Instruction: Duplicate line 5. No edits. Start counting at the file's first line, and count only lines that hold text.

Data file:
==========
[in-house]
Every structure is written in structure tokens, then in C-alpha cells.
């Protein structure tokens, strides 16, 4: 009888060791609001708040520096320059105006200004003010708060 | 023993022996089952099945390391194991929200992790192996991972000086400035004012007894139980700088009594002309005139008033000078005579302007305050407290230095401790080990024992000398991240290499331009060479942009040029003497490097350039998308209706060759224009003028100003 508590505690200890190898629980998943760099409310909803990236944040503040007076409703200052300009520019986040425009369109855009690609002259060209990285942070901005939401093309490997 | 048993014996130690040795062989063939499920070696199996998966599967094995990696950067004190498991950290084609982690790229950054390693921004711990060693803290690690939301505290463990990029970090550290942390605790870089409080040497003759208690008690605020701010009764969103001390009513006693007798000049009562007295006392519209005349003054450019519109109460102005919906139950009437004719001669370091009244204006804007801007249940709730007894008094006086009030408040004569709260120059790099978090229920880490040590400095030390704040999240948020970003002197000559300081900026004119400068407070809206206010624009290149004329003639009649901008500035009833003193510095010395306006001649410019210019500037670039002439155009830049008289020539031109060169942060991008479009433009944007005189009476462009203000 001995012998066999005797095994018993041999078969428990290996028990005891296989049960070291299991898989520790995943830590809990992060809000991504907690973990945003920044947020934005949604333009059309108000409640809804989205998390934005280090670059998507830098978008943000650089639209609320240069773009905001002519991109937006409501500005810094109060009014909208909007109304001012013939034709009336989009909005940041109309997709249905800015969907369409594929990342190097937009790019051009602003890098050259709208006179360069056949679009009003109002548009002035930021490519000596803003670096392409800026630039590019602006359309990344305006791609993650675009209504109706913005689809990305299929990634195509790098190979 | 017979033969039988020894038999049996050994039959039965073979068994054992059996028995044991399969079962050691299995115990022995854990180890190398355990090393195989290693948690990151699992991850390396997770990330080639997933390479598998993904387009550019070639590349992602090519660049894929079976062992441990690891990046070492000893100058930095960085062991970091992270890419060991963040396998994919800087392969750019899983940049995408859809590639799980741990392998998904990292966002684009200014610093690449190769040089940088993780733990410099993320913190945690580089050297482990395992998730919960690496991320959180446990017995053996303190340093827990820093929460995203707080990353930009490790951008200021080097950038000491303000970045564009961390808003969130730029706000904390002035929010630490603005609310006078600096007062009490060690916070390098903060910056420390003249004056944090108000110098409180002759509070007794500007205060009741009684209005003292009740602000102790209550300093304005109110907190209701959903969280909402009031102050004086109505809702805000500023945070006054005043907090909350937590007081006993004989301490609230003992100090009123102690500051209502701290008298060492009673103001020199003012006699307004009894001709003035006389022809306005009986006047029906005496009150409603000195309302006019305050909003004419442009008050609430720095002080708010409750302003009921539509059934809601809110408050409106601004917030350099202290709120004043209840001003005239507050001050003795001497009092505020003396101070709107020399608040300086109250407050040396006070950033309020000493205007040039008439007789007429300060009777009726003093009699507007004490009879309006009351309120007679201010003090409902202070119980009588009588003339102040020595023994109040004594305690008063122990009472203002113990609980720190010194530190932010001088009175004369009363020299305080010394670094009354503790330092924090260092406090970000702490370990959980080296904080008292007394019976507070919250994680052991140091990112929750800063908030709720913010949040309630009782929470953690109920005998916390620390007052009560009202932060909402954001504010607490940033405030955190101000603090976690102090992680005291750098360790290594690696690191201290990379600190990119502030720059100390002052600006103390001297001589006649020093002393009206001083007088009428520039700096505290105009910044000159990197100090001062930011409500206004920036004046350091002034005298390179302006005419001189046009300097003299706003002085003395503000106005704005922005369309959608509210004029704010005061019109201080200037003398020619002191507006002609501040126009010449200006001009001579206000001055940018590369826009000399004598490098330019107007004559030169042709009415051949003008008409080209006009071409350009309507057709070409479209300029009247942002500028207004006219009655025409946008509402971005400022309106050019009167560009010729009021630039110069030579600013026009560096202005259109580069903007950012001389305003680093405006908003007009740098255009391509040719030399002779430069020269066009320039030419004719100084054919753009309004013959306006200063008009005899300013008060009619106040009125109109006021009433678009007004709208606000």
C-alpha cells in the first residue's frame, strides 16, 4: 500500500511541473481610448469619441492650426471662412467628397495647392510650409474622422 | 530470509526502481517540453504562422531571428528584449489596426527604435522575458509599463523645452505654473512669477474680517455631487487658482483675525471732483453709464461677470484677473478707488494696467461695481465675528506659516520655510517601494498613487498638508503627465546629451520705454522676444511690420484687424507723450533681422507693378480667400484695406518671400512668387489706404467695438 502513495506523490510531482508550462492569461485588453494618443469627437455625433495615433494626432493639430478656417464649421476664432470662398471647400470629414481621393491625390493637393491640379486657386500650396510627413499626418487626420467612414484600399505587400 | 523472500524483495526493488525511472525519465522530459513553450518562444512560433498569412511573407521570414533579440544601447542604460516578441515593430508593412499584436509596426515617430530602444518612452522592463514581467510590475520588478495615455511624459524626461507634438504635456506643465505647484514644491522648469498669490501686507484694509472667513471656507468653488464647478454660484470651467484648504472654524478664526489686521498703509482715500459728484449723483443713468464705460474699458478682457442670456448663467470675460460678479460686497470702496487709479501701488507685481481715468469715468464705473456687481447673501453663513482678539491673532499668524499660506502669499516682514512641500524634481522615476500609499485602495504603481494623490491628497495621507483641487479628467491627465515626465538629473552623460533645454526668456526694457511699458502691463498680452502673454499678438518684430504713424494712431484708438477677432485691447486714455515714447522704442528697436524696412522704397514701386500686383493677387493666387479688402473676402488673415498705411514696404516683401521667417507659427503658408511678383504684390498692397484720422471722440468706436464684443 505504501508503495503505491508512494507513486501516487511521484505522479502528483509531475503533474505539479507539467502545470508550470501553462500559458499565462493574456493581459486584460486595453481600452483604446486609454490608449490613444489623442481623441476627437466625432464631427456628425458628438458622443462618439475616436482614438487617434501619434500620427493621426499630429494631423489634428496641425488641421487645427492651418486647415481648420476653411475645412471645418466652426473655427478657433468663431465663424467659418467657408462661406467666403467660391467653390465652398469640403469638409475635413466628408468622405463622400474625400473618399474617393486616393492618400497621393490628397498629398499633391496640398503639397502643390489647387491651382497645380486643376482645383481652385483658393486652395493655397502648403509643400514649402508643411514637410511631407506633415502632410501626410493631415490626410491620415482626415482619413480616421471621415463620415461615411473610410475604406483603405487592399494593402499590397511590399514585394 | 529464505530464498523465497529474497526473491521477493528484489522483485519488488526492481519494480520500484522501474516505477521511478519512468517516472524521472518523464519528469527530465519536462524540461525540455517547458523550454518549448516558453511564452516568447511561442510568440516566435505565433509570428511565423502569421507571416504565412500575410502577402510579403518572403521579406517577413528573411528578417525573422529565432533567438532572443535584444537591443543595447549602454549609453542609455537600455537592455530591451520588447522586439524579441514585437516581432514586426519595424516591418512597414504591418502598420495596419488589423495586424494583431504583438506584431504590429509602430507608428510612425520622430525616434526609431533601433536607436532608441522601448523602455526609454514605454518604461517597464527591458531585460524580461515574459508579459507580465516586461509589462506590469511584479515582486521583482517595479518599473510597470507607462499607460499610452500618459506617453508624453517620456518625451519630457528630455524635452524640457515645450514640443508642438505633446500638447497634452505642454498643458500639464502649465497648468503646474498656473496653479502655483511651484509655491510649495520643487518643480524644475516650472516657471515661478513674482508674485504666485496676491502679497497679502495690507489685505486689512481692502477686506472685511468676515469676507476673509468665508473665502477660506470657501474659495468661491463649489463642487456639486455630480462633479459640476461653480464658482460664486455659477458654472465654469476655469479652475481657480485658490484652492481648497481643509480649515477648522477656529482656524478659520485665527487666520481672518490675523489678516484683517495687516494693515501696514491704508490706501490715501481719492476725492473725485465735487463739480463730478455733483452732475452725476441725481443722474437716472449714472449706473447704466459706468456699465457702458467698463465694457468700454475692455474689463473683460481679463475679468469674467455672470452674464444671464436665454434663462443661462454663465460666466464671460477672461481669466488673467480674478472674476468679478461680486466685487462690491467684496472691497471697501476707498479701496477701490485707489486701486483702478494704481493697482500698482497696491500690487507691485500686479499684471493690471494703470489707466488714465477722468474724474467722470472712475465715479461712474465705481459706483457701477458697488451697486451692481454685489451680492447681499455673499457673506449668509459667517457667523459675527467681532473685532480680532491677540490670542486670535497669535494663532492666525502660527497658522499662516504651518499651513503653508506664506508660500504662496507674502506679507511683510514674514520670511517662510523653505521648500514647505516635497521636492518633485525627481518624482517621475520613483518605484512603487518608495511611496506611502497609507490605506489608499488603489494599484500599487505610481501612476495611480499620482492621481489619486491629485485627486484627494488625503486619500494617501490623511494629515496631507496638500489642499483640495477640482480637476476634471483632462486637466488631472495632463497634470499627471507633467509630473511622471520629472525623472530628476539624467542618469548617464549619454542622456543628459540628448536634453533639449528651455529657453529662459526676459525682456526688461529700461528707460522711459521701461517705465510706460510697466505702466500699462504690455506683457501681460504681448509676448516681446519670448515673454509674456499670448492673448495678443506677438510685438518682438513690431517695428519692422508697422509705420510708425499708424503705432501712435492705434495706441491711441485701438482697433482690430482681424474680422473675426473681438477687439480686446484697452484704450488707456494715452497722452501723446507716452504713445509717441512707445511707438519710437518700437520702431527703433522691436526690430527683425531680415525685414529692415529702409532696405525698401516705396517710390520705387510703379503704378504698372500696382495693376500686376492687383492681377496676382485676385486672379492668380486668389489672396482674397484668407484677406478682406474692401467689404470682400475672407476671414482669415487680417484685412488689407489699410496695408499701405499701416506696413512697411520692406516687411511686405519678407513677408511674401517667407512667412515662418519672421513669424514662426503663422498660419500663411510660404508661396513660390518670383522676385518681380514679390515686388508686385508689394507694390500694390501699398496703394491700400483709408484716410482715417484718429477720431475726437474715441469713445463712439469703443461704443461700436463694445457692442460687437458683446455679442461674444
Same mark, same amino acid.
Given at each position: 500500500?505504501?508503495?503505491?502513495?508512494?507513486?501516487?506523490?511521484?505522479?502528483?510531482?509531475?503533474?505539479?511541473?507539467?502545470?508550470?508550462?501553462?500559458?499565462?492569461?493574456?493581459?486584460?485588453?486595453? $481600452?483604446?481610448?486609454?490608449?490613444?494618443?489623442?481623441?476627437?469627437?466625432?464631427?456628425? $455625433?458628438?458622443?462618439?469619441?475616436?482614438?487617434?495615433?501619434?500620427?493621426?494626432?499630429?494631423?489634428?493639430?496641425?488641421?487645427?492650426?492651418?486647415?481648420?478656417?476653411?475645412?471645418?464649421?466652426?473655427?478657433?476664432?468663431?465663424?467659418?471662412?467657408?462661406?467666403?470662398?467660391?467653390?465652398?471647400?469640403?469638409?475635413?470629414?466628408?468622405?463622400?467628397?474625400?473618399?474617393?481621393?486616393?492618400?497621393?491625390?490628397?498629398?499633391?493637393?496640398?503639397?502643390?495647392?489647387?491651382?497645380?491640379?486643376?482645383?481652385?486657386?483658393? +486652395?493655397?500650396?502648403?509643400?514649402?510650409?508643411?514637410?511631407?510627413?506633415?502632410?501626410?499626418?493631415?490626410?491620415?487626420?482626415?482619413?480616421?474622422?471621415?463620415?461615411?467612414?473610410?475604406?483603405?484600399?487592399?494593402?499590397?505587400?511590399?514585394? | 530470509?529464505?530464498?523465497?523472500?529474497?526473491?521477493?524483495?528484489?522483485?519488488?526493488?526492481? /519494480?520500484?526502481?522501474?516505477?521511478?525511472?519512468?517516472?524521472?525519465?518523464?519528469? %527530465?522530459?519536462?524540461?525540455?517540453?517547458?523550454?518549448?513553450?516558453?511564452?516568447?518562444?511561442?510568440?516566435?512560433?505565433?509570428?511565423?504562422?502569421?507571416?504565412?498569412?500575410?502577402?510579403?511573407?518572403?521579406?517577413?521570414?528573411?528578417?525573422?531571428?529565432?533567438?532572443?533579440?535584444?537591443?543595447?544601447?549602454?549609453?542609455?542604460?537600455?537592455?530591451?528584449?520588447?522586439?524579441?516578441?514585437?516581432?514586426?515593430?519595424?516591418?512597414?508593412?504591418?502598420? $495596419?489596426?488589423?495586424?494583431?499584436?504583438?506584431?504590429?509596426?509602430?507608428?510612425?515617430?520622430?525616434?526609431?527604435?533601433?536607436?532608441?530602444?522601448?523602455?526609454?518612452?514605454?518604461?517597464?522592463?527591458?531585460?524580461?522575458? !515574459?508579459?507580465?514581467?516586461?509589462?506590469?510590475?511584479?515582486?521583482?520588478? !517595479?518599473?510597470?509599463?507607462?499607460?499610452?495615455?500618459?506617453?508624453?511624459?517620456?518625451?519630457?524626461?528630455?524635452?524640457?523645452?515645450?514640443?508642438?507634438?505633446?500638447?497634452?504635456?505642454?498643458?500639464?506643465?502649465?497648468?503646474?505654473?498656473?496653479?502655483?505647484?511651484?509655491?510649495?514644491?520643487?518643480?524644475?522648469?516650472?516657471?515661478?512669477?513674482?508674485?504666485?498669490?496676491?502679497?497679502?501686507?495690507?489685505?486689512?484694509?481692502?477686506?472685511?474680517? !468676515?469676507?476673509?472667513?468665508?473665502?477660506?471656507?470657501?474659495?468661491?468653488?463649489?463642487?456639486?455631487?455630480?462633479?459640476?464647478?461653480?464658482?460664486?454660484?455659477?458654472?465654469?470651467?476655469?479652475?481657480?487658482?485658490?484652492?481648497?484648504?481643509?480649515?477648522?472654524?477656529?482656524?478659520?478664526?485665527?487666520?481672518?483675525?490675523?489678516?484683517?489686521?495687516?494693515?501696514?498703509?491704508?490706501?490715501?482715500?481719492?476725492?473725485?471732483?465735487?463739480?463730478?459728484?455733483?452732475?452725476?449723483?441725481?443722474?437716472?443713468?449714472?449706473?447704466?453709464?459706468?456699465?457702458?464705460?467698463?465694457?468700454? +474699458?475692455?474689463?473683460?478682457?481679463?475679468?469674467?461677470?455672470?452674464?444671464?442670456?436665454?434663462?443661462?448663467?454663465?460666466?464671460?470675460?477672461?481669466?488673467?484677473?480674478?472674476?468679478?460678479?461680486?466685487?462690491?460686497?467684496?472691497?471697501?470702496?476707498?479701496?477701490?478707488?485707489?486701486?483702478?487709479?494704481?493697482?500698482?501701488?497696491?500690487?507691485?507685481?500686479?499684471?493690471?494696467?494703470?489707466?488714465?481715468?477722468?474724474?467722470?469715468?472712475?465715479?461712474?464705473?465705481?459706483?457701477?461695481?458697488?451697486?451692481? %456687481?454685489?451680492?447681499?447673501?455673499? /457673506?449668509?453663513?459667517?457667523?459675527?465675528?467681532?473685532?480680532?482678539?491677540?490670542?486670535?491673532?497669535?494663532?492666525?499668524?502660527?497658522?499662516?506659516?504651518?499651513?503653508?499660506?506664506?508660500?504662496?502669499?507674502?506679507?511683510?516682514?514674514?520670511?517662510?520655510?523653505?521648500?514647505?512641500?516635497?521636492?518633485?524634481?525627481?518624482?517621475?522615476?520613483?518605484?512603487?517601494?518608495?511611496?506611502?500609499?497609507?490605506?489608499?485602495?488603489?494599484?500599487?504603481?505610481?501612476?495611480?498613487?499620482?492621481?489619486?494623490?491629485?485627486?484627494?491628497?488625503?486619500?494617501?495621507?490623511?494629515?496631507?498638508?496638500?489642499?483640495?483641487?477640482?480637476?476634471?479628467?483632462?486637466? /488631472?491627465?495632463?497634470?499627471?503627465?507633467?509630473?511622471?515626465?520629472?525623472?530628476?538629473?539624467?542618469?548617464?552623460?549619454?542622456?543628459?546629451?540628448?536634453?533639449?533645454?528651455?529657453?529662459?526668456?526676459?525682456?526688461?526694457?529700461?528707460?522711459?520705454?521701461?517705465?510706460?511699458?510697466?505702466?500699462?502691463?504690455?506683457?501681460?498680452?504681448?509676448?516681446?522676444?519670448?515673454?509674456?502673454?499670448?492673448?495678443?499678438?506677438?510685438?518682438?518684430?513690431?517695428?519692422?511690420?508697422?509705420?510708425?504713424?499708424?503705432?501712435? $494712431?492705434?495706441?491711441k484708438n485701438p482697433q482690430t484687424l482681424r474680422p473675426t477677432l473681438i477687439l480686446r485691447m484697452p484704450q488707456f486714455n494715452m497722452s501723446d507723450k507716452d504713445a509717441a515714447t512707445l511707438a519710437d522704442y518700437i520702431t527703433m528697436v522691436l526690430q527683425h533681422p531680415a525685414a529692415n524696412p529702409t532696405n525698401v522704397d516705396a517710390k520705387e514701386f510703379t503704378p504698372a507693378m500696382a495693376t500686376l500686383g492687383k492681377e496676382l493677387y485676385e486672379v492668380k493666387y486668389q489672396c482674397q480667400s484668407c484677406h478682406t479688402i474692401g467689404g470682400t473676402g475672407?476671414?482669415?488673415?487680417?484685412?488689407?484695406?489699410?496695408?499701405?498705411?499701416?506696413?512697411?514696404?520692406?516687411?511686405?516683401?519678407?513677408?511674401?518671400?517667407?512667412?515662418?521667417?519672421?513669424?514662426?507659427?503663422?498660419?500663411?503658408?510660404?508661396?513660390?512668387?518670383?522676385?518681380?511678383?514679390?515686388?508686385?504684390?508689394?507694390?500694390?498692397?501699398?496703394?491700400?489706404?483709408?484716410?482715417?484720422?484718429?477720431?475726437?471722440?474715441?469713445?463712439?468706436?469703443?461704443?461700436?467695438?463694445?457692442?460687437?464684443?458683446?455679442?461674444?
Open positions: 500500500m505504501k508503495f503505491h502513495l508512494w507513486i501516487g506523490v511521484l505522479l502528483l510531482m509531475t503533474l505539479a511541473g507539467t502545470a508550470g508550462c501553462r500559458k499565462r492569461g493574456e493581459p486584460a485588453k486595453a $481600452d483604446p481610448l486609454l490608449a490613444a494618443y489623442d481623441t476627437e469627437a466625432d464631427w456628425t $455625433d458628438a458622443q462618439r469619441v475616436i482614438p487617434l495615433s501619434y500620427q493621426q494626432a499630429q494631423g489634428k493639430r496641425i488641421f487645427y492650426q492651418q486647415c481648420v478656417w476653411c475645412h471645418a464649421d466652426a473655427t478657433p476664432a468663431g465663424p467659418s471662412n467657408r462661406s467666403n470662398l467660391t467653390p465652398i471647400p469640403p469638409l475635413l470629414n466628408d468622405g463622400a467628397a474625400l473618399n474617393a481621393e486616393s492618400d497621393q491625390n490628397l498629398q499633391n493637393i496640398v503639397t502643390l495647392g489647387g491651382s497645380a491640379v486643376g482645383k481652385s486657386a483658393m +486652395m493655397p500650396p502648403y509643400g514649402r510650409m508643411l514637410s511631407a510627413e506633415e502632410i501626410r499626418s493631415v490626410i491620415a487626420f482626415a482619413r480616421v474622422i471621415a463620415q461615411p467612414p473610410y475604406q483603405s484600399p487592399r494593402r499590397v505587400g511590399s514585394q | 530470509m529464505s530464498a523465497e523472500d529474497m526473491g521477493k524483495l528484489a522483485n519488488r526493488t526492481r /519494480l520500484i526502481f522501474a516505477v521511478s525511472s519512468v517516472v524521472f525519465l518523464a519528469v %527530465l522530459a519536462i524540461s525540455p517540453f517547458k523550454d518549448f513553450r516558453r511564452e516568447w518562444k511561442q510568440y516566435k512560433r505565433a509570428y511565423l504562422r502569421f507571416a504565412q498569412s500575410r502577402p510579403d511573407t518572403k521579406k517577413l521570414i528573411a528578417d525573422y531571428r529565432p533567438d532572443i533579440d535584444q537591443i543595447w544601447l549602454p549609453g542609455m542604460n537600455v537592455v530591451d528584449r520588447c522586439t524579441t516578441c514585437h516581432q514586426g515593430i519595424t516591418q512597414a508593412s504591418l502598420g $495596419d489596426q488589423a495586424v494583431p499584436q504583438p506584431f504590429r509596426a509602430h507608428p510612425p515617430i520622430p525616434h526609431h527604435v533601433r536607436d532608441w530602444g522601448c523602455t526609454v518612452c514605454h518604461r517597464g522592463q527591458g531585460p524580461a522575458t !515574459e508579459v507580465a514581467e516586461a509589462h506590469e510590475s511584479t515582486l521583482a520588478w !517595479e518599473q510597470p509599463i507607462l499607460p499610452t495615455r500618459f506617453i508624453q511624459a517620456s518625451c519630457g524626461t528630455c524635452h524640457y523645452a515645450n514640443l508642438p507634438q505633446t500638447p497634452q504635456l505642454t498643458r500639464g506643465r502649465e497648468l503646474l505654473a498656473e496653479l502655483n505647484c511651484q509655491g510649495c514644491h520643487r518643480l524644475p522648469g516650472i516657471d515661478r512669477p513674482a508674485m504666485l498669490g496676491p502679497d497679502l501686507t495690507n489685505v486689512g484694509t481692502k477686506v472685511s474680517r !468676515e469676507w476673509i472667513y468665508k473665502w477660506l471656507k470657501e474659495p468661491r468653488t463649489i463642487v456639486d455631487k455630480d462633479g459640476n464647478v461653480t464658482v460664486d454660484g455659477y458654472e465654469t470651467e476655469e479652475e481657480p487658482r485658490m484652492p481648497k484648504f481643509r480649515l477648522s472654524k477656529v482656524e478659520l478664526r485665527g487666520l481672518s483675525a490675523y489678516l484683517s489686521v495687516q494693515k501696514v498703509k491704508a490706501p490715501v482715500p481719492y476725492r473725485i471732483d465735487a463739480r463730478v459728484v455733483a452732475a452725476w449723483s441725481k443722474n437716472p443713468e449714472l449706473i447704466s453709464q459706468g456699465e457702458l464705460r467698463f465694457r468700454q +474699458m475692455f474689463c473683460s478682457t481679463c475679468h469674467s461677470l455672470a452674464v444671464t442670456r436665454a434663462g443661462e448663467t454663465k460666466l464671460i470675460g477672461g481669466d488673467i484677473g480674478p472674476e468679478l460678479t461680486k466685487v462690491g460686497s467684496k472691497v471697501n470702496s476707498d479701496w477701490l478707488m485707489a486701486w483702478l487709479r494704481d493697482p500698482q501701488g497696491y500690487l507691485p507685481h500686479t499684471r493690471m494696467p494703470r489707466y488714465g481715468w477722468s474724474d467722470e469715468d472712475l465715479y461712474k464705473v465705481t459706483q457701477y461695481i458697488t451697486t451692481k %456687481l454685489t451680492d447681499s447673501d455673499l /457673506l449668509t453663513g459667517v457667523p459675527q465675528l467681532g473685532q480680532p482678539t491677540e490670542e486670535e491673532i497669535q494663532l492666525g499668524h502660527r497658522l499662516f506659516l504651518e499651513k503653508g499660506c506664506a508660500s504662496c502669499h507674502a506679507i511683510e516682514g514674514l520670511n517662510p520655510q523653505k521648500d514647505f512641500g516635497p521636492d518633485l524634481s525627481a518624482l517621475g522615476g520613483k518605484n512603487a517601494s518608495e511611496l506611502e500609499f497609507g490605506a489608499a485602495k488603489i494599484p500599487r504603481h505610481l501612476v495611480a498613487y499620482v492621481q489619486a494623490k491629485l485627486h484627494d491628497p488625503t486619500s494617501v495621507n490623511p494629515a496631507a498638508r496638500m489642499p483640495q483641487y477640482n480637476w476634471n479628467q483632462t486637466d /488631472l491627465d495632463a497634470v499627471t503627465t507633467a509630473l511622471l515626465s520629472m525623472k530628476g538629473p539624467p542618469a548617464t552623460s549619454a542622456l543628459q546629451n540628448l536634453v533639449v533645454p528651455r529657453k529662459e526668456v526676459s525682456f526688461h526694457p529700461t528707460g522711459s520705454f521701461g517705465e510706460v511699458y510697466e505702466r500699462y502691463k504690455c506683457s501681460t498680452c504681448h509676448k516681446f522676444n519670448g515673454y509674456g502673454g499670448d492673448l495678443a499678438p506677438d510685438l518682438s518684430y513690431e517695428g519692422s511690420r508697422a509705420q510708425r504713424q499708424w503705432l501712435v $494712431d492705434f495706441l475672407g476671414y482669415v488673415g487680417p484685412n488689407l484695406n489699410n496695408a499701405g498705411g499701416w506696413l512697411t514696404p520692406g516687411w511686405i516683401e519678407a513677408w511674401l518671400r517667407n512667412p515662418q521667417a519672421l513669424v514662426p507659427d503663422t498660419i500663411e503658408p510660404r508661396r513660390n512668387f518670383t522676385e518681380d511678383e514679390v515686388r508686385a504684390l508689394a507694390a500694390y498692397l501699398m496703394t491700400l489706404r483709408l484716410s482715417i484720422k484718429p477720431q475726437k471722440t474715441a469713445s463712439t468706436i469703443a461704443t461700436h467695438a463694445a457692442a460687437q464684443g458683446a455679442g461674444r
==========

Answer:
Same mark, same amino acid.